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While not in the same league as PLAN NINE FROM OUTER SPACE, THE BRAIN THAT WOULDN'T DIE ($25) is one of those movies that are so bad, you canít help but loving every ludicrous moment. I was a kid the last time I saw THE BRAIN THAT WOULDN'T DIE and thought this movie was really cool because a mad doctor had managed to keep his girlfriendís head alive in what looked like an oven roasting pan. Of course, as a kid, I was tempted to try this experiment with my little sister, but that is another story... THE BRAIN THAT WOULDN'T DIE combines sleaze, gore, a shoestring budget and over-the-top acting to tell its story of medical science gone mad. Herb (Jason) Evers stars as Dr. Bill Cortner, a surgeon and research scientist, who wants to push the envelope of life, death and transplantation. Cortnerís unscrupulous methods alarm his father, a respected surgeon, who fears his sonís Frankenstein like approach to medicine will end in tragedy.

THE BRAIN THAT WOULDN'T DIE also stars Virginia Leith as Cortnerís fiancťe Jan Compton, who is decapitated in an automobile accident, while the doctor is at the wheel. With Janís head tucked inside his jacket, Cortner makes a mad dash to his laboratory, which just happens to be in the basement of his country home. Using a new serum he perfected, Cortner re-animates Janís head and then goes off in search of a new body for the woman he loves. Being the forthright medical man that he is, Dr. Cortnerís search leads him to a strip club, as well as a "Body Beautiful" contest. However, while the doctor is out trying to procure a body, Janís head develops a telepathic link with the horrifying failed experiment lurking in the laboratory closet. Jan also turns out to be the chattiest talking head on record, finding plenty of time to torment Dr. Cortnerís assistant Kurt (Leslie Daniels). The plot of THE BRAIN THAT WOULDN'T DIE is as preposterous as it sounds, maybe more so. Is it any wonder that this movie came under the ridicule of MST3K???

Synapse Films has rescued THE BRAIN THAT WOULDN'T DIE from obscurity, making sure that this guilty pleasure is available to the DVD generation in its uncut, unexpurgated form, which includes some gory footage cut from the original American International Pictures release. THE BRAIN THAT WOULDN'T DIE has been given a windowboxed presentation that insures that the entire 1.37:1 image is viewable. Depending on your monitorís level of overscan, you could see a thin black border around the entire picture or nothing at all. The black and white transfer itself is quite sharp and provides a good level of image detail. However, the film element used for the transfer displays a large number of blemishes comprised mainly of white and black specks. Despite this problem, THE BRAIN THAT WOULDN'T DIE looks a whole lot better than an ultra-low budget film from 1959 (1962) deserves to look. Blacks are pretty pure and the image displays a smooth grayscale and very good contrast. Kudos to Synapse Films for getting THE BRAIN THAT WOULDN'T DIE to look this good. Digital compression artifacts do not make their presence known on this DVD.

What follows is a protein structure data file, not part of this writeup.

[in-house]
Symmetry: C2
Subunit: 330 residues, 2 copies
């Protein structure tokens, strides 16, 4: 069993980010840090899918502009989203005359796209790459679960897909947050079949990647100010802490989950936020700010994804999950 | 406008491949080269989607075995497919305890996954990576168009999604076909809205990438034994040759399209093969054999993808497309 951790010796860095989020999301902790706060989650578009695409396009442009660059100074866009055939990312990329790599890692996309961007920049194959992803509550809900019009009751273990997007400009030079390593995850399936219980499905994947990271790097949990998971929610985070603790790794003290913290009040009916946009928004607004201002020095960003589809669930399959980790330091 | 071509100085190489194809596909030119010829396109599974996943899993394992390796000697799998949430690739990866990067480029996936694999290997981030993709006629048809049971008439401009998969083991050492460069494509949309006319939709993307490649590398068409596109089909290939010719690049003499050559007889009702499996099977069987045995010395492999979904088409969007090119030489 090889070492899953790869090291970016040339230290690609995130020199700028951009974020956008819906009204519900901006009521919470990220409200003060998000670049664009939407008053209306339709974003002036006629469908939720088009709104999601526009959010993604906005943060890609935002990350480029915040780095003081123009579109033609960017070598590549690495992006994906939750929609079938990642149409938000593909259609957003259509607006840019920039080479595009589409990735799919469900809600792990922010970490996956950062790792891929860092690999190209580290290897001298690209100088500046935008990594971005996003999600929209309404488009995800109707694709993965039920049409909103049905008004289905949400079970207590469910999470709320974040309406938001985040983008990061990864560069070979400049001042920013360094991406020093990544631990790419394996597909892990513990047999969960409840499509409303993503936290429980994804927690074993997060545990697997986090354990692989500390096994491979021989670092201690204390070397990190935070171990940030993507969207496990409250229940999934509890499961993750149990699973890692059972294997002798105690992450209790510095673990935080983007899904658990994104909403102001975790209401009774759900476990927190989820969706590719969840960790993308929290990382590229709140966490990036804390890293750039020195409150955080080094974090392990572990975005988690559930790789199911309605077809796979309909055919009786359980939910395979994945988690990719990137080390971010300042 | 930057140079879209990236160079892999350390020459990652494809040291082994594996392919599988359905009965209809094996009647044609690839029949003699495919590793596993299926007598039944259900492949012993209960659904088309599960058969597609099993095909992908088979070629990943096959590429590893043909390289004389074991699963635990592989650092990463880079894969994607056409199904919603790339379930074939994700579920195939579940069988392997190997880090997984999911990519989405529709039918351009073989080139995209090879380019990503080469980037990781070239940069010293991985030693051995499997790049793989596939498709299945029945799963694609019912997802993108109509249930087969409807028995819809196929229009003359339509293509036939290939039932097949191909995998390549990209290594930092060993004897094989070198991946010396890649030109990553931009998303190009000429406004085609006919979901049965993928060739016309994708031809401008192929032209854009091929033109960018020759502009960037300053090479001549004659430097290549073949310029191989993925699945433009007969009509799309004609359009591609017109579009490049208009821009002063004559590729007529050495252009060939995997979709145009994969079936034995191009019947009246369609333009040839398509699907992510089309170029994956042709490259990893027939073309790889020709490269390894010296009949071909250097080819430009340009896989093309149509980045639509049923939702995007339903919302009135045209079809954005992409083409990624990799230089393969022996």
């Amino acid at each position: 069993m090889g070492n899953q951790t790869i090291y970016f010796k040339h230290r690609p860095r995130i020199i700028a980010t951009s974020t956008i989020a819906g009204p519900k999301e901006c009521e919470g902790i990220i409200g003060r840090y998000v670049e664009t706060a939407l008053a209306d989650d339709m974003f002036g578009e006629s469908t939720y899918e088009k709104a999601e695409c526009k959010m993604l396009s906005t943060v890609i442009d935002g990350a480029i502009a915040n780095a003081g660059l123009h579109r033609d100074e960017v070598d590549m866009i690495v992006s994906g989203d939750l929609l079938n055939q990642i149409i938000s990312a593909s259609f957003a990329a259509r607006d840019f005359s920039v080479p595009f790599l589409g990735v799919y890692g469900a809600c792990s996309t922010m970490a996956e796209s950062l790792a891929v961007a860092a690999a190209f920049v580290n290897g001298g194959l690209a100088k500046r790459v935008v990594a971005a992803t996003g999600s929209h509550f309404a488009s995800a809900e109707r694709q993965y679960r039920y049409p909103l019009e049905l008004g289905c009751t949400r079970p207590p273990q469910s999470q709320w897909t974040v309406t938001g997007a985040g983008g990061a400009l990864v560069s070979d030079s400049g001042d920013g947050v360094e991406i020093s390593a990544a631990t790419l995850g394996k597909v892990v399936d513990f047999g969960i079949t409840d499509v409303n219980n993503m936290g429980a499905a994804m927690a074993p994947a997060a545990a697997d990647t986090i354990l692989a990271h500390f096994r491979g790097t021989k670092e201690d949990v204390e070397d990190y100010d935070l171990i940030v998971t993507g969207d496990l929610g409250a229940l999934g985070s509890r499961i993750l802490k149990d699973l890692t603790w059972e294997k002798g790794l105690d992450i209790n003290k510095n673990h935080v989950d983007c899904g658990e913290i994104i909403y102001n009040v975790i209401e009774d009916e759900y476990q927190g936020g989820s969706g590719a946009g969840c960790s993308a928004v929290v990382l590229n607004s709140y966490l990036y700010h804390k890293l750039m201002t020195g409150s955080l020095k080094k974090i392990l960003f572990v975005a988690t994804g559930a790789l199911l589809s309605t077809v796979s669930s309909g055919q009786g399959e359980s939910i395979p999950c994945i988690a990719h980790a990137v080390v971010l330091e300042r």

The Dolby Digital monaural soundtrack is relatively clean sounding, however the limitations in the original recordings are quite evident. Dialogue is always intelligible, although portions of the film sound as if the actors were performing at the bottom of a well. The basic interactive menus have the proper "Saturday Matinee" quality and provide access to the standard scene selection feature, as well as a smattering of supplements. Included on the disc is a theatrical trailer, which is pretty hilarious after watching the feature, plus production stills (with a nudie pic in the batch).

THE BRAIN THAT WOULDN'T DIE is the kind of entertainment that will cause brain rot in critical audiences. However, if you can appreciate the joys of bad cinema, this flick is for you. Synapse Films has done a really good job with the presentation, so if you are an aficionado, youíll want to add THE BRAIN THAT WOULDN'T DIE to your collection.


The Brain That Wouldn't Die (1959)


DVD reviews are Copyright © 2000 THE CINEMA LASER and may not be copied or reprinted without the written consent of the publisher.
THE CINEMA LASER is written, edited and published by Derek M. Germano.



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